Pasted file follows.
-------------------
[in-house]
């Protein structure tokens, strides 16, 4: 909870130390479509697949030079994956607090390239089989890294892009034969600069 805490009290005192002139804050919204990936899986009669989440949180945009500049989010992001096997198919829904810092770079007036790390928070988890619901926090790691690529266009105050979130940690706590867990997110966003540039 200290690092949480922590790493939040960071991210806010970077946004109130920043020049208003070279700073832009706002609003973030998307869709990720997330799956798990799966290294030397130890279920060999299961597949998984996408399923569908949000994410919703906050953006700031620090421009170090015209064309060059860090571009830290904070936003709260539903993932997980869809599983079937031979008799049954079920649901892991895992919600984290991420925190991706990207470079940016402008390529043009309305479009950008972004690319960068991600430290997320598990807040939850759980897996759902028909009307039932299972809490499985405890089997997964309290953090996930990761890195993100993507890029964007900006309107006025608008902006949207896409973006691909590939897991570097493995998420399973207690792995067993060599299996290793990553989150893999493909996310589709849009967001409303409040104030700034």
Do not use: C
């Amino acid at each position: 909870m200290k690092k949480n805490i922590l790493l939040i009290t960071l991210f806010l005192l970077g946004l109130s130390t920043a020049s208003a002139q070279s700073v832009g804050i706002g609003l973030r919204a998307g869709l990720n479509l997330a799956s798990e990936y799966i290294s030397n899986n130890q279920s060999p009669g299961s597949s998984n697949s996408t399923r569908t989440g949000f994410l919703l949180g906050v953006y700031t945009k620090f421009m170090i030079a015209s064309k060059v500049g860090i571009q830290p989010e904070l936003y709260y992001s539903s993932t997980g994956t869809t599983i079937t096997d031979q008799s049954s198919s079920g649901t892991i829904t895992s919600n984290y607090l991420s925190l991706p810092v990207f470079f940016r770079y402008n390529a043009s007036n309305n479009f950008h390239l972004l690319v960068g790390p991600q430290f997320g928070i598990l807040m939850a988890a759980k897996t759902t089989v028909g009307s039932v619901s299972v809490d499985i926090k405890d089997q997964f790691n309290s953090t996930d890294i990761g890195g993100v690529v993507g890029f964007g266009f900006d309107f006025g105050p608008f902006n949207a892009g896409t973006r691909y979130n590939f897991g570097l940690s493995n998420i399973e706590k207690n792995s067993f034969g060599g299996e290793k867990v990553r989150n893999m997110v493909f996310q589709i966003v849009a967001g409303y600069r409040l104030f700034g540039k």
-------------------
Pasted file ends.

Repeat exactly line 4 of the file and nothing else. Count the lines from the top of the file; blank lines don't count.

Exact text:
């Amino acid at each position: 909870m200290k690092k949480n805490i922590l790493l939040i009290t960071l991210f806010l005192l970077g946004l109130s130390t920043a020049s208003a002139q070279s700073v832009g804050i706002g609003l973030r919204a998307g869709l990720n479509l997330a799956s798990e990936y799966i290294s030397n899986n130890q279920s060999p009669g299961s597949s998984n697949s996408t399923r569908t989440g949000f994410l919703l949180g906050v953006y700031t945009k620090f421009m170090i030079a015209s064309k060059v500049g860090i571009q830290p989010e904070l936003y709260y992001s539903s993932t997980g994956t869809t599983i079937t096997d031979q008799s049954s198919s079920g649901t892991i829904t895992s919600n984290y607090l991420s925190l991706p810092v990207f470079f940016r770079y402008n390529a043009s007036n309305n479009f950008h390239l972004l690319v960068g790390p991600q430290f997320g928070i598990l807040m939850a988890a759980k897996t759902t089989v028909g009307s039932v619901s299972v809490d499985i926090k405890d089997q997964f790691n309290s953090t996930d890294i990761g890195g993100v690529v993507g890029f964007g266009f900006d309107f006025g105050p608008f902006n949207a892009g896409t973006r691909y979130n590939f897991g570097l940690s493995n998420i399973e706590k207690n792995s067993f034969g060599g299996e290793k867990v990553r989150n893999m997110v493909f996310q589709i966003v849009a967001g409303y600069r409040l104030f700034g540039k």